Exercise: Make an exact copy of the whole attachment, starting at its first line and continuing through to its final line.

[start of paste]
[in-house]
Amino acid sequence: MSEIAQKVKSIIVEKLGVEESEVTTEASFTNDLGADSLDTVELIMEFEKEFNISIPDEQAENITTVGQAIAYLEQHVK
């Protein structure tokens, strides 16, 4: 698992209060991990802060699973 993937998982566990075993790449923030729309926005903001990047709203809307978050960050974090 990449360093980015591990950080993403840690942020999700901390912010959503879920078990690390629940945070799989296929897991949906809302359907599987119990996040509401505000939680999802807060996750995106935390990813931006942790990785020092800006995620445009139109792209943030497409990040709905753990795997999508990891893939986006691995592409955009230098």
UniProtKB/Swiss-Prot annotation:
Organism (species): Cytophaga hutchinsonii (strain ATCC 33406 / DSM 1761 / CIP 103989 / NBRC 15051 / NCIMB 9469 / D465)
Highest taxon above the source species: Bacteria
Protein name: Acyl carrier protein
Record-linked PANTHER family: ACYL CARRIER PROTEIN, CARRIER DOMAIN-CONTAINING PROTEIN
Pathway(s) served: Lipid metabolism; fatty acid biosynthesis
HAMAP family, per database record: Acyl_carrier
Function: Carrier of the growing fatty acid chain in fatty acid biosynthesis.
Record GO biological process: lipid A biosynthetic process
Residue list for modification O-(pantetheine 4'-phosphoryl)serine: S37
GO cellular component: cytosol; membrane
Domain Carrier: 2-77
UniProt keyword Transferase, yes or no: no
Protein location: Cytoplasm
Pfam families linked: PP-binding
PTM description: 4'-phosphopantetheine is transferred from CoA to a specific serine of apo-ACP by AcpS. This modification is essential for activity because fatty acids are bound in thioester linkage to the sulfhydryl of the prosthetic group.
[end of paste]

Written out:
[in-house]
Amino acid sequence: MSEIAQKVKSIIVEKLGVEESEVTTEASFTNDLGADSLDTVELIMEFEKEFNISIPDEQAENITTVGQAIAYLEQHVK
């Protein structure tokens, strides 16, 4: 698992209060991990802060699973 993937998982566990075993790449923030729309926005903001990047709203809307978050960050974090 990449360093980015591990950080993403840690942020999700901390912010959503879920078990690390629940945070799989296929897991949906809302359907599987119990996040509401505000939680999802807060996750995106935390990813931006942790990785020092800006995620445009139109792209943030497409990040709905753990795997999508990891893939986006691995592409955009230098």
UniProtKB/Swiss-Prot annotation:
Organism (species): Cytophaga hutchinsonii (strain ATCC 33406 / DSM 1761 / CIP 103989 / NBRC 15051 / NCIMB 9469 / D465)
Highest taxon above the source species: Bacteria
Protein name: Acyl carrier protein
Record-linked PANTHER family: ACYL CARRIER PROTEIN, CARRIER DOMAIN-CONTAINING PROTEIN
Pathway(s) served: Lipid metabolism; fatty acid biosynthesis
HAMAP family, per database record: Acyl_carrier
Function: Carrier of the growing fatty acid chain in fatty acid biosynthesis.
Record GO biological process: lipid A biosynthetic process
Residue list for modification O-(pantetheine 4'-phosphoryl)serine: S37
GO cellular component: cytosol; membrane
Domain Carrier: 2-77
UniProt keyword Transferase, yes or no: no
Protein location: Cytoplasm
Pfam families linked: PP-binding
PTM description: 4'-phosphopantetheine is transferred from CoA to a specific serine of apo-ACP by AcpS. This modification is essential for activity because fatty acids are bound in thioester linkage to the sulfhydryl of the prosthetic group.